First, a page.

Objectives: In coeliac disease, immunoglobulin (Ig)A-class autoantibodies against transglutaminase-2 are produced in the small intestinal mucosa, where they are deposited extracellularly. It remains unclear whether positive intestinal transglutaminase-2-targeted IgA deposits in subjects having normal small bowel mucosal morphology are signs of early-stage coeliac disease. We evaluated the gluten dependency of these deposits in overt and mild enteropathy coeliac disease.
Patients and methods: All together 48 subjects suspected of coeliac disease but having normal small bowel mucosal villi were enrolled; 28 of them had latent coeliac disease. The remaining 20 having positive intestinal IgA deposits adopted a gluten-free diet before villous atrophy had developed. For comparison, 13 patients with overt coeliac disease and 42 noncoeliac controls were studied. Small bowel mucosal transglutaminase-2-specific autoantibodies were compared with villous morphology, intraepithelial lymphocyte densities, and serum coeliac autoantibodies.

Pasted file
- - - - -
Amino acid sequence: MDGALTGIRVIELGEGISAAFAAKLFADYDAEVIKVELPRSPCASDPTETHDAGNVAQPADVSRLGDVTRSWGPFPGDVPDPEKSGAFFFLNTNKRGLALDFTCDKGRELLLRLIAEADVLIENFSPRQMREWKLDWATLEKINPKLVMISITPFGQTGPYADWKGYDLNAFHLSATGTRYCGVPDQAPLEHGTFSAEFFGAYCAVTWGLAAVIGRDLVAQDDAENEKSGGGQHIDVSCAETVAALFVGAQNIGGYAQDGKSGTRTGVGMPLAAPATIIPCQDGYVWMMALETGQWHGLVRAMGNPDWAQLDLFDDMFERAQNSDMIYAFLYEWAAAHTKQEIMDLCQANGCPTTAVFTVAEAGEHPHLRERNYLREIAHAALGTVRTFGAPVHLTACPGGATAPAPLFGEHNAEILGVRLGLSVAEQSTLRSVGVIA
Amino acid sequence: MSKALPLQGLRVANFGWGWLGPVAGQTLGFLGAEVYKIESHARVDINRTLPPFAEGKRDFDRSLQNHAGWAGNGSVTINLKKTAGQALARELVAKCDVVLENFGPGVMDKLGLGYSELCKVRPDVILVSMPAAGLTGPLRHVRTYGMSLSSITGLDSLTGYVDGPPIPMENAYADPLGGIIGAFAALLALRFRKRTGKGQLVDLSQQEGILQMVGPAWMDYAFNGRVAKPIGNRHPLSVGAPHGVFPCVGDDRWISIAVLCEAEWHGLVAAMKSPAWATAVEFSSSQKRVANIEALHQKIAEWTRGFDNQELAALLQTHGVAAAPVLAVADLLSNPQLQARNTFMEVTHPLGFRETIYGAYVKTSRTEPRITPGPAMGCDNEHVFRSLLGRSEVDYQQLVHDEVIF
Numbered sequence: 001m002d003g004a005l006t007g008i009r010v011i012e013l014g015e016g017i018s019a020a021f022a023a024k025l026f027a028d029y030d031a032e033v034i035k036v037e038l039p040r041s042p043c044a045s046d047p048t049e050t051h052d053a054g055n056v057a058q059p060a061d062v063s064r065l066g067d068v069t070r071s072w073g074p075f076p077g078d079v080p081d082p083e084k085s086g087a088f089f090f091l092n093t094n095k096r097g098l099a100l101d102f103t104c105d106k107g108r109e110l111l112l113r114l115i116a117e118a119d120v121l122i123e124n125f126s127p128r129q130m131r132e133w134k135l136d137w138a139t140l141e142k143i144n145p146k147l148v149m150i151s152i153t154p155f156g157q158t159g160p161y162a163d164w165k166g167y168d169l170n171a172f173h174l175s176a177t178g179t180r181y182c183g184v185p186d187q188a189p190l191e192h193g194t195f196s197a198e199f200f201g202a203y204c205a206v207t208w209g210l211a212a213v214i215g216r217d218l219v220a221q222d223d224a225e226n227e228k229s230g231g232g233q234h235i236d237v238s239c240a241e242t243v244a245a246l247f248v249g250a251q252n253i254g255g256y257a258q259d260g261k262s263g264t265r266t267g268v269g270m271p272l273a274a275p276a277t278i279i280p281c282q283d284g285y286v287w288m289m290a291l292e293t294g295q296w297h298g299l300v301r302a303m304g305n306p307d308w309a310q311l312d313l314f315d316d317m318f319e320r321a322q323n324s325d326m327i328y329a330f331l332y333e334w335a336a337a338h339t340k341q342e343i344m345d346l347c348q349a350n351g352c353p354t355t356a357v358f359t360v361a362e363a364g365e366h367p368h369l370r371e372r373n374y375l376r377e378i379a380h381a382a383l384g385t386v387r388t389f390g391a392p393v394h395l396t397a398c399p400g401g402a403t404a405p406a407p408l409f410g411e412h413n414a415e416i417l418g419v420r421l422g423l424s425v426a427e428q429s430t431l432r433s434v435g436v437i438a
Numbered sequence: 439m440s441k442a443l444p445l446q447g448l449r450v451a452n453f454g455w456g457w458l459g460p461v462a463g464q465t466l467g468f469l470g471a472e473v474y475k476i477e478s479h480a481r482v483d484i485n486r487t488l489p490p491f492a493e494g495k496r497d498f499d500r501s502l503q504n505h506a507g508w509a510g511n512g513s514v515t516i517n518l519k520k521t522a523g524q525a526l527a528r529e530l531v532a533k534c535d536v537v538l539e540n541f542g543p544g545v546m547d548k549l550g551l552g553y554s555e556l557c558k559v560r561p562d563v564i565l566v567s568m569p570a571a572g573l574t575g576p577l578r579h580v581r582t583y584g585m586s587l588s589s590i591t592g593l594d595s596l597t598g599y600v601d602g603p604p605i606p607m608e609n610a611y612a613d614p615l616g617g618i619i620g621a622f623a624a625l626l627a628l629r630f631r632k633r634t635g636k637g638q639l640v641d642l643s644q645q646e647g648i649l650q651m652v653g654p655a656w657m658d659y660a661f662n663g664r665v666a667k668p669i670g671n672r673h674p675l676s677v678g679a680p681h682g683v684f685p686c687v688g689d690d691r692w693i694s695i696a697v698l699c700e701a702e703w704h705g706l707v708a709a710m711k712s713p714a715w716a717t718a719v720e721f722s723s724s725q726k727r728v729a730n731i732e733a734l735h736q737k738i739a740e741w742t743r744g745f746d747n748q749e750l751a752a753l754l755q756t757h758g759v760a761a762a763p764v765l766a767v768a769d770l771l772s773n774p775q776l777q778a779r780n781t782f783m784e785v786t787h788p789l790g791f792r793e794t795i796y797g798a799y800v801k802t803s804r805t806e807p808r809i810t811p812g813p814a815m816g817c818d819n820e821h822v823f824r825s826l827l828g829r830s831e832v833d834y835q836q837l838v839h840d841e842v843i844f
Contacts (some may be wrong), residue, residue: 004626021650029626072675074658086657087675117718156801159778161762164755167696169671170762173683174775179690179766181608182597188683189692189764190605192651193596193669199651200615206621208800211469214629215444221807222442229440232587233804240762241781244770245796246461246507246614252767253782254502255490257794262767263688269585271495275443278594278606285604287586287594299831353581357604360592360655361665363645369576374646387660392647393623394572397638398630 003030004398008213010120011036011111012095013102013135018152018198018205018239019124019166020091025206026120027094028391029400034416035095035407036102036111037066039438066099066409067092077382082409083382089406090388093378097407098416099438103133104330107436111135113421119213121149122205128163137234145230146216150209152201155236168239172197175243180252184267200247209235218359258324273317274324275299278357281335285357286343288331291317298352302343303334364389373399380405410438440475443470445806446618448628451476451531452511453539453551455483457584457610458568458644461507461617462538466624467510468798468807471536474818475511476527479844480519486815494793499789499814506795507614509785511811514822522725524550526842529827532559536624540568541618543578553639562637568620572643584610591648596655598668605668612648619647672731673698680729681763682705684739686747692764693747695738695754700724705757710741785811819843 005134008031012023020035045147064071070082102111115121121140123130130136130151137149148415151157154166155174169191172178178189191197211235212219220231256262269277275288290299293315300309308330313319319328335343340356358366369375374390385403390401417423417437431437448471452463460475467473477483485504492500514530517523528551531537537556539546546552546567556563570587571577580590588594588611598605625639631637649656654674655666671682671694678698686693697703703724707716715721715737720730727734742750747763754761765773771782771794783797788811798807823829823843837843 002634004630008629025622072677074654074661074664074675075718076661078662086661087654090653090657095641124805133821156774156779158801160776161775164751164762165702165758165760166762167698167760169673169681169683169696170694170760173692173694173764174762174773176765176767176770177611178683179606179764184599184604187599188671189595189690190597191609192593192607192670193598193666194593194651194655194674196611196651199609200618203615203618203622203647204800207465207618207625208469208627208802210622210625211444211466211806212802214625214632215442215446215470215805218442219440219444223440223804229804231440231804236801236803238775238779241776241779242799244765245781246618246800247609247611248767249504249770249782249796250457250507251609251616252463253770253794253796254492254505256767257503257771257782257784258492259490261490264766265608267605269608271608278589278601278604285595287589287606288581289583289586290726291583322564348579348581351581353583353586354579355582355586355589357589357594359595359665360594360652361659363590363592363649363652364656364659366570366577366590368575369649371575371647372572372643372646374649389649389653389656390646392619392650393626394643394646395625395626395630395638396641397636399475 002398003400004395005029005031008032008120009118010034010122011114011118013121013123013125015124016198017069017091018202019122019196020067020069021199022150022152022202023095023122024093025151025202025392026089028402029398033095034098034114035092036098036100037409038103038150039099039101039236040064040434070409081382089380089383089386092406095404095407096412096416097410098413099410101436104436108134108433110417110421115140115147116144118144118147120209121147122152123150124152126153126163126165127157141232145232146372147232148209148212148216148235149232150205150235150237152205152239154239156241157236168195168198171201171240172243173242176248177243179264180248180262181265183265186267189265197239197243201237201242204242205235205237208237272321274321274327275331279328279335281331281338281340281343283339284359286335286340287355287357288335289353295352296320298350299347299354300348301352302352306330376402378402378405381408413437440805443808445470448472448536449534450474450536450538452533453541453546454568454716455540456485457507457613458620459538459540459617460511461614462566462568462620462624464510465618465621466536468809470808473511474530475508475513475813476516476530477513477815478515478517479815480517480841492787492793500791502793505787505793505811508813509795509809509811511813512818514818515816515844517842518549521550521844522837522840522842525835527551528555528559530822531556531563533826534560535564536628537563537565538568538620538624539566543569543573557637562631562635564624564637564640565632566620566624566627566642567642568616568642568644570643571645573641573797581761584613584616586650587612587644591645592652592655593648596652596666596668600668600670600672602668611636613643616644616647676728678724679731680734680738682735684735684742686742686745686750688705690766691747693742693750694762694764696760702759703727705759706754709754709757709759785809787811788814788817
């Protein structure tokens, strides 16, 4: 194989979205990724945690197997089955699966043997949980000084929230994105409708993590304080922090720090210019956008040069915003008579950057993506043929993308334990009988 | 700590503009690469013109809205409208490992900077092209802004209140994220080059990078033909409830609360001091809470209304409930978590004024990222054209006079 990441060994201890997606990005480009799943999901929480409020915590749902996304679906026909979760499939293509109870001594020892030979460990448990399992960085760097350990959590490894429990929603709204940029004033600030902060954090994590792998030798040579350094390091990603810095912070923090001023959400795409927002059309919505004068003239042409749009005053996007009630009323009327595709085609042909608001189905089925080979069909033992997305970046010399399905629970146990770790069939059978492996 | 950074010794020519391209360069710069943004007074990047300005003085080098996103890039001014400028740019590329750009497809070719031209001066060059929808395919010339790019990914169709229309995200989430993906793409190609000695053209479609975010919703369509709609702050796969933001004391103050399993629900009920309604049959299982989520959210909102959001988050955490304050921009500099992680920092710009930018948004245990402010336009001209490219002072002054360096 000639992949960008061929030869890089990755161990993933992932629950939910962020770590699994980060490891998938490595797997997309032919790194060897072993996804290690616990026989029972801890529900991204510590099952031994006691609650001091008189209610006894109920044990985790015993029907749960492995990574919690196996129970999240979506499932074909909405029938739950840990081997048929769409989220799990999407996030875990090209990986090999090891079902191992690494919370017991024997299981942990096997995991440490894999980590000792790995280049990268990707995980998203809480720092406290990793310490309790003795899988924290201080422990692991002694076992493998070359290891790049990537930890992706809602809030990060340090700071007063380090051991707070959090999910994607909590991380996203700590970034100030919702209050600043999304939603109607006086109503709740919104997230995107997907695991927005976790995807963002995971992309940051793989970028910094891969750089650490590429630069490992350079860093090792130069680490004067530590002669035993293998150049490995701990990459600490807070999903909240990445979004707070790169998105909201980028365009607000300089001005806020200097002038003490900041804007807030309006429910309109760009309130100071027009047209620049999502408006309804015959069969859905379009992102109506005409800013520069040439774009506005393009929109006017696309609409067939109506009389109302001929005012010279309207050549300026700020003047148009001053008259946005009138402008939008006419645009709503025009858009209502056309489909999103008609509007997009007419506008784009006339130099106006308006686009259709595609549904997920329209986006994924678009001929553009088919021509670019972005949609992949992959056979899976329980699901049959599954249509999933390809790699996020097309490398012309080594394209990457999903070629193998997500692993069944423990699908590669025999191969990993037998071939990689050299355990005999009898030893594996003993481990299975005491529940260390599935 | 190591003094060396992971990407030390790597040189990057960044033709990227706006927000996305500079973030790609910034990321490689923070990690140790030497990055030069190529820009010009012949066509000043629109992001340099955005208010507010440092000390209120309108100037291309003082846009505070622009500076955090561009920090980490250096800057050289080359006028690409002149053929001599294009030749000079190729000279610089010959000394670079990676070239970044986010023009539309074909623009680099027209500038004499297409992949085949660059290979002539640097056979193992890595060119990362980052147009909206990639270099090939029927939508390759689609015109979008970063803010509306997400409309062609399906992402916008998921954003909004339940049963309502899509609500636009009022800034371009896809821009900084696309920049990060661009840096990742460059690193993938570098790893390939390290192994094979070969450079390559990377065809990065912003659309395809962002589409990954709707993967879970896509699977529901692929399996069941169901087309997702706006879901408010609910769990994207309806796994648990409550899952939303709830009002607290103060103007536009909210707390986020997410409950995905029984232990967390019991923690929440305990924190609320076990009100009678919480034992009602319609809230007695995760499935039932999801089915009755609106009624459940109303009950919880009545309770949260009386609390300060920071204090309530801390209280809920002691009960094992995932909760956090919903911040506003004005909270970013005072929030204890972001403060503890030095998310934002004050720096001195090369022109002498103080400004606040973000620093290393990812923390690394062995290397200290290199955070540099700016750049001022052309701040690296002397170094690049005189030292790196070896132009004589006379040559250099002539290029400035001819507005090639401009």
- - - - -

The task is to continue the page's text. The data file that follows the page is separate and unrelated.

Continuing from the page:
Results: Intestinal IgA deposits were seen in all but 1 of the patients with latent coeliac disease, when the morphology was still intact; the intensity of these deposits increased as villous atrophy developed and decreased again on a gluten-free diet. In 20 patients with intestinal IgA deposits in normal villi, the intensity of the deposits decreased with the diet similarly to that seen in patients with overt coeliac disease. Mucosal IgA deposits were seen initially only in 5% of noncoeliac controls and in 8% after extended gluten consumption.
Conclusions: The response of small bowel mucosal transglutaminase-2-specific IgA deposits for dietary intervention was similar in overt and mild enteropathy coeliac disease. Detection of such IgA deposits thus offers a good diagnostic tool to uncover early-stage coeliac disease.